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Sport, exercise & performance psychology
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  • Writer's pictureElliot Smith

Psychological contracts: The application of organisational psychology in the context of sport

What is a psychological contract?

A psychological contract refers to the set of beliefs, expectations, and obligations that exist between an individual and their organization or employer. It is an implicit agreement that outlines the mutual expectations and obligations of both parties in a work relationship. The psychological contract is not a formal or legally binding contract but rather a subjective understanding of the relationship.

The psychological contract is shaped by a variety of factors, including explicit employment terms, organizational policies, informal communications, and individual interpretations. It encompasses the perceived promises, obligations, and entitlements that individuals believe they have with their organization and vice versa.

The psychological contract can include various dimensions, such as:

1. Job security: The belief that the organization will provide a certain level of job stability and protect against arbitrary termination.

2. Career development: The expectation of opportunities for growth, learning, and advancement within the organization.

3. Rewards and recognition: The perception of fair and equitable compensation, benefits, and acknowledgment for work performance.

4. Work-life balance: The belief that there will be a reasonable balance between work and personal life, with consideration for personal needs and responsibilities.

5. Trust and fairness: The expectation that the organization will treat employees fairly, ethically, and with respect.

6. Autonomy and control: The extent to which employees believe they have control over their work processes, decision-making, and the ability to influence outcomes.

When there is a perceived breach of the psychological contract, such as unfulfilled promises or violated expectations, it can lead to feelings of dissatisfaction, decreased commitment, and even increased turnover. On the other hand, when the psychological contract is effectively managed and fulfilled, it can contribute to positive employee attitudes, engagement, and organizational success.

It's important to note that the psychological contract can vary among individuals and may evolve over time. It is influenced by factors like organizational culture, leadership style, and individual experiences. Organizations that proactively manage the psychological contract by fostering open communication, transparency, and fairness are more likely to maintain positive employee relationships and foster a productive work environment.

Who might be part of a psychological contract?

A psychological contract can exist between various parties in different contexts.

Here are some examples of who might have a psychological contract:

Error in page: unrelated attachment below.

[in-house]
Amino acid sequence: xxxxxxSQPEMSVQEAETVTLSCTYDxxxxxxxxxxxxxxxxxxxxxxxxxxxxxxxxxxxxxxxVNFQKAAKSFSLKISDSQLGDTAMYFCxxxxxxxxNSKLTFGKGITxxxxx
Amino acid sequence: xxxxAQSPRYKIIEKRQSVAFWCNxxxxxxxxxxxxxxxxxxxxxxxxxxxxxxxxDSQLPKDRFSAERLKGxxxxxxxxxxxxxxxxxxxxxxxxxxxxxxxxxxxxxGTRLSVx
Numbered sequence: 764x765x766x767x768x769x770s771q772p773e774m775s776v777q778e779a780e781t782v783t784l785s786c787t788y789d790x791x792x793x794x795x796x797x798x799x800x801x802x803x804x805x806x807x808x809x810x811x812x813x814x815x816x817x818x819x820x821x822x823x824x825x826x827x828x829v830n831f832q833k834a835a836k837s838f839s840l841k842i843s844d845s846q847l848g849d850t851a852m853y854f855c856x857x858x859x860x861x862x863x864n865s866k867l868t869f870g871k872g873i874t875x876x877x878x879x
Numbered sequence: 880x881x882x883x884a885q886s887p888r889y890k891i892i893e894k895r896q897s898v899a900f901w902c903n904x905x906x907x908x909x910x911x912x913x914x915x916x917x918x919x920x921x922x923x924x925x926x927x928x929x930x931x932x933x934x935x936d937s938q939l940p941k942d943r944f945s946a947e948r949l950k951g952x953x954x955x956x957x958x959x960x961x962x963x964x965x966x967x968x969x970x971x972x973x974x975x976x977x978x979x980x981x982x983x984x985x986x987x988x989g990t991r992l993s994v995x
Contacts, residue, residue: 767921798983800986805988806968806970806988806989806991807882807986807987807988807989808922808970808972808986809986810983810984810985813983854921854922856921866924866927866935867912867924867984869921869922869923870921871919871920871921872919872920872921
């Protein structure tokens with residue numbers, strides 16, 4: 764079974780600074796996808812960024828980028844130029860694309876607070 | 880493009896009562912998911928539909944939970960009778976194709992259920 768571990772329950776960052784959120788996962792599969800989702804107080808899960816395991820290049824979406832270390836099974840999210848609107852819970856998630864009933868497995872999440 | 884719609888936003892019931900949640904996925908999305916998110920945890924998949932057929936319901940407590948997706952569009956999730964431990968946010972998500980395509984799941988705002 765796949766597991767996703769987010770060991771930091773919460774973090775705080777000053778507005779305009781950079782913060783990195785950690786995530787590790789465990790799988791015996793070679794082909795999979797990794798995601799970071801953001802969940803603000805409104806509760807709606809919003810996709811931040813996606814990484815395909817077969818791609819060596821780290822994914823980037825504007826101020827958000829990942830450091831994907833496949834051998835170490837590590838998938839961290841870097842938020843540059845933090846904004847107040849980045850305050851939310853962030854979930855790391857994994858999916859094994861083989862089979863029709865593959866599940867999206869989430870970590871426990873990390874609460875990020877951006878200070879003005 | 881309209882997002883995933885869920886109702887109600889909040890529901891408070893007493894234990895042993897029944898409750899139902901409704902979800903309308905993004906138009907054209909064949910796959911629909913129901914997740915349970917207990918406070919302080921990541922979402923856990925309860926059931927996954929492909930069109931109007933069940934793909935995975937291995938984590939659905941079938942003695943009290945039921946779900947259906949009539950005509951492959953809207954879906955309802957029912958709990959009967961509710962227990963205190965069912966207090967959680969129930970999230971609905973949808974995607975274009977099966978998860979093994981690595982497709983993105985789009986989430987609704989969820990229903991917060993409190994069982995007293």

1. Employees and employers: In the context of employment, employees and employers have a psychological contract. Employees have expectations regarding fair compensation, job security, career development opportunities, work-life balance, and a supportive work environment. Employers are expected to provide these opportunities and fulfill their obligations, such as fair treatment, training and development, and a positive work culture.

2. Athletes and sports organizations: Athletes and sports organizations, including teams, clubs, or governing bodies, have a psychological contract. Athletes expect fair treatment, access to training facilities and resources, coaching and support, opportunities for growth and progression, and a clear communication of expectations. Sports organizations have expectations regarding athletes' commitment, performance, adherence to team rules, and professionalism.

3. Coaches and athletes: Coaches and athletes have a psychological contract in the realm of sports. Coaches are expected to provide guidance, instruction, and support to help athletes improve their skills and reach their potential. Athletes, in turn, commit to following the coach's instructions, showing dedication, and striving for performance excellence.

4. Students and educational institutions: Students and educational institutions, such as schools, colleges, or universities, may have a psychological contract. Students have expectations regarding quality education, support services, learning resources, and opportunities for personal and academic growth. Educational institutions are expected to provide a conducive learning environment, knowledgeable faculty, fair evaluation, and access to necessary resources.

5. Consumers and service providers: In the realm of consumer services, there can be a psychological contract between consumers and service providers. Consumers have expectations regarding the quality, reliability, and value of the services they receive. Service providers are expected to deliver the promised services, meet customer needs, provide satisfactory customer service, and address any concerns or issues that may arise.